Make Your Dealership e-Secure - Management
Construction Equipment Distribution magazine is published by the Associated Equipment Distributors, a nonprofit trade association founded in 1919, whose membership is primarily comprised of the leading equipment dealerships and rental companies in the U.S. and Canada. AED membership also includes equipment manufacturers and industry-service firms. CED magazine has been published continuously since 1920. Associated Equipment Distributors
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Make Your Dealership e-Secure

By Patricia S. Eyres

Article Date: 04-01-2005
Copyright(C) 2008 Associated Equipment Distributors. All Rights Reserved.

Tips for developing an effective, enforceable e-security policy.

Every dealership, regardless of size should have an easily understood, consistently enforceable policy to protect trade secrets, maintain the integrity and security of networks and servers, protect sensitive customer information, protect the organization from lawsuits, protect the integrity and reputation of the dealership, and ensure achievement and productivity. Security is everyone's business.

Spam and viruses are the most visible, but not the most significant security challenge. Fearing loss of valuable trade secrets and confidential company data, large and small organizations are installing firewalls to protect their networks. These firewalls will stop many, but not all of today's hacker attacks.

Hackers can take advantage of holes in a network's perimeter defenses. These points of attack are often created by employees who bypass protections by attaching modems to their PCs, setting up wireless access points without permission or downloading risky software, such as chat or file-sharing programs.

That's why security is everyone's business, and all managers and employees must understand the importance of following the dealership's established security procedures. This is especially important when employees use laptops or work from remote locations.

Keeping your networks secure from hackers is just as critical to protecting your customers' private information. Hackers target electronic databases of companies selling products on the Internet, because they often have a mountain of information from which identities can be stolen: names, addresses, credit card information, and other personal data.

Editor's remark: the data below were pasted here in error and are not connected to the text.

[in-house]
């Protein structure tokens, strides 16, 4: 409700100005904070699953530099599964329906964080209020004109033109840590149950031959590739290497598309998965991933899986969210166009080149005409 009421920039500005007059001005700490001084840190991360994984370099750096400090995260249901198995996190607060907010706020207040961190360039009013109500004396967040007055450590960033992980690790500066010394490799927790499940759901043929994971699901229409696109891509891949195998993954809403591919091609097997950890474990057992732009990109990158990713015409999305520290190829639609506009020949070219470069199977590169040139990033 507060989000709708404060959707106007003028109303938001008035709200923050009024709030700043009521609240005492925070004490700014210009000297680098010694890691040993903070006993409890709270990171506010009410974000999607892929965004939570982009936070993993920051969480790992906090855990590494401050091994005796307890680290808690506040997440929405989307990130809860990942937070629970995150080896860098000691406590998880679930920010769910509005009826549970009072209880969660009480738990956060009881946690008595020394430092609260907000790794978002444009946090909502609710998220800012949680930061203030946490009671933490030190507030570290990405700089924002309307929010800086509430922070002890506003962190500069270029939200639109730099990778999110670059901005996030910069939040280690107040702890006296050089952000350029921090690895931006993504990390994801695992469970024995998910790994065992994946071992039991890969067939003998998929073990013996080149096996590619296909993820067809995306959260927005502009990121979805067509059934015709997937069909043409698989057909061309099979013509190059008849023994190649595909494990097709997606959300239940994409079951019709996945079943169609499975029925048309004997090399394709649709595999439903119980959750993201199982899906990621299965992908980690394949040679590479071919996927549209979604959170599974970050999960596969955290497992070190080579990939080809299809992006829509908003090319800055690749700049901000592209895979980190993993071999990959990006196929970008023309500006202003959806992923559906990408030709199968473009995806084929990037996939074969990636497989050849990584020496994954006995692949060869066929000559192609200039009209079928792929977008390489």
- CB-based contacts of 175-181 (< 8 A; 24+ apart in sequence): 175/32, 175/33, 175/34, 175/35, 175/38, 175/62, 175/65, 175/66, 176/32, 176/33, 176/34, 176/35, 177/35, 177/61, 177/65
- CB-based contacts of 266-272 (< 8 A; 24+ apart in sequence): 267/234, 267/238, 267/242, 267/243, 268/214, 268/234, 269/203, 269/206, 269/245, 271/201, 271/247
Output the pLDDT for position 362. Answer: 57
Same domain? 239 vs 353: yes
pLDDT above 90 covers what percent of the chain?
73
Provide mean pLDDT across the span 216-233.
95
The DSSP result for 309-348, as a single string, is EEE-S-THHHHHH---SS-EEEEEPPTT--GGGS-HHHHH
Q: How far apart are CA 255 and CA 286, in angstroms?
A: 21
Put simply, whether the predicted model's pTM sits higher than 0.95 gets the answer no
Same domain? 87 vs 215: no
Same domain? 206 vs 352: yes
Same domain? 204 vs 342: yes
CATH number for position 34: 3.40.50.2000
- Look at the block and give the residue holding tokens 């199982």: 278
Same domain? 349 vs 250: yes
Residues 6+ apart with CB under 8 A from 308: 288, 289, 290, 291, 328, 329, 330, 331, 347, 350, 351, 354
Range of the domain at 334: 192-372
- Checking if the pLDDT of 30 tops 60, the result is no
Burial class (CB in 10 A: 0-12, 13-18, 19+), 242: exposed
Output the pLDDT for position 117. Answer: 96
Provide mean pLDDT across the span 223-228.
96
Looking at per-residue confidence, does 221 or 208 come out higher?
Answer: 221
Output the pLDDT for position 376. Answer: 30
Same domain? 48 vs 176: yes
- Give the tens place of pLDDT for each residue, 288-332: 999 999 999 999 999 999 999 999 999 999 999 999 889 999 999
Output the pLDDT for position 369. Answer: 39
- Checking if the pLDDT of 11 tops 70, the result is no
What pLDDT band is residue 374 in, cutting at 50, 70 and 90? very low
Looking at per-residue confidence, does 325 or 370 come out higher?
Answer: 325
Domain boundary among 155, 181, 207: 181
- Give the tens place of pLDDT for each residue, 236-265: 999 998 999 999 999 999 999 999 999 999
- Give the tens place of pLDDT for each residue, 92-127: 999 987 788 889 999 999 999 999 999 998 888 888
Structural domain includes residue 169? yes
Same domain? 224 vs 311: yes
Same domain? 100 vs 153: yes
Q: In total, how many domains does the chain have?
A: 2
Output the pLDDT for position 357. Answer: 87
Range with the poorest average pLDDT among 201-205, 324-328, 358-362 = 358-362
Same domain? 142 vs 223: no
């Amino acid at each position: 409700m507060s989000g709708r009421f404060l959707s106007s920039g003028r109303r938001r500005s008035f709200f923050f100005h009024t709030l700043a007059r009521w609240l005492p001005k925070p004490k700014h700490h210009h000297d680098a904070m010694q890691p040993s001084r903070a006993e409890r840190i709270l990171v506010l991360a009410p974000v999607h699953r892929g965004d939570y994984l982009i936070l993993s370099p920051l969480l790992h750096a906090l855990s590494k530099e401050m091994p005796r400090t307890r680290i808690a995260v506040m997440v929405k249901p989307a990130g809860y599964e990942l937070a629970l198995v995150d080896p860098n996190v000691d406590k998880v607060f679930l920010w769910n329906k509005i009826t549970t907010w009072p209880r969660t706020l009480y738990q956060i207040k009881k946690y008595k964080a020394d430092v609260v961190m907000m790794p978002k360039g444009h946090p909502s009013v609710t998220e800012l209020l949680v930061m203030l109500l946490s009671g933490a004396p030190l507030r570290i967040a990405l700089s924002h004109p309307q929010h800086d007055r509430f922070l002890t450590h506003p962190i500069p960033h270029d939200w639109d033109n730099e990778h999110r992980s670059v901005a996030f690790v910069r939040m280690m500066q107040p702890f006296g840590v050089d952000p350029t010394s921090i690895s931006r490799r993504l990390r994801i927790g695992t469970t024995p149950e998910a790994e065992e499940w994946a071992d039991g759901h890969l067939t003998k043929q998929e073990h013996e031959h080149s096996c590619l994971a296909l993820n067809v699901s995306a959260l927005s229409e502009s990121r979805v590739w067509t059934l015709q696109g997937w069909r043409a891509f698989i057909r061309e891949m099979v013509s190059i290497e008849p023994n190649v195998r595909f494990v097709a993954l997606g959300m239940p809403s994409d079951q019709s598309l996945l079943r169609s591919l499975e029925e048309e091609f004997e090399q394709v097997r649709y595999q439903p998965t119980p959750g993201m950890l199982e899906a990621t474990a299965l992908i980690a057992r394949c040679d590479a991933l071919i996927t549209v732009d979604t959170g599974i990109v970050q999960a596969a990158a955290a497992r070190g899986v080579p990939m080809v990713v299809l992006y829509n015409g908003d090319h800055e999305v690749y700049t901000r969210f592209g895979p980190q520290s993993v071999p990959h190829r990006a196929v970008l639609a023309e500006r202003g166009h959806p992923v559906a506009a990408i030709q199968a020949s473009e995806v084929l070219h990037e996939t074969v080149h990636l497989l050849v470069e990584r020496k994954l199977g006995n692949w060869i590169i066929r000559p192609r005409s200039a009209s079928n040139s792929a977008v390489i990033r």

Theft of customer data gets the attention of the media, and one company was hit with a class action lawsuit charging it failed to secure credit card information online. In addition to the legal exposure and negative PR, it wasn't helpful for future business development. The consequences of insecure networks has prompted tough laws in several states, most notably California, which require any business that collects data from California consumers to immediately notify every person if there is a breach of security - from any source.

What about mischief and malice by employees and coworkers? In many ways, email is ideally suited to smuggling trade secrets and valuable company data out of your organization. Leaks of important business plans can be embarrassing and costly, as Apple Computers learned when it was forced to speed up the launch of a new product due to a leak from inside.

And, intentional disclosure of secrets can cost a lot more. A scandal involving nuclear secrets leaked from the U.S. Department of Energy's lab at Los Alamos underscores the security risks inherent in email. Investigators found evidence that email was the critical component in the theft of top secret data about how to fabricate smaller nuclear warheads.
A comprehensive e-security plan should address internal threats that are as dangerous as attacks from outside. Identifying internal threats is the first step. The combination of email overload and careless attachments is one risk; intentional stealing from internal electronic files by email attachment is quite another.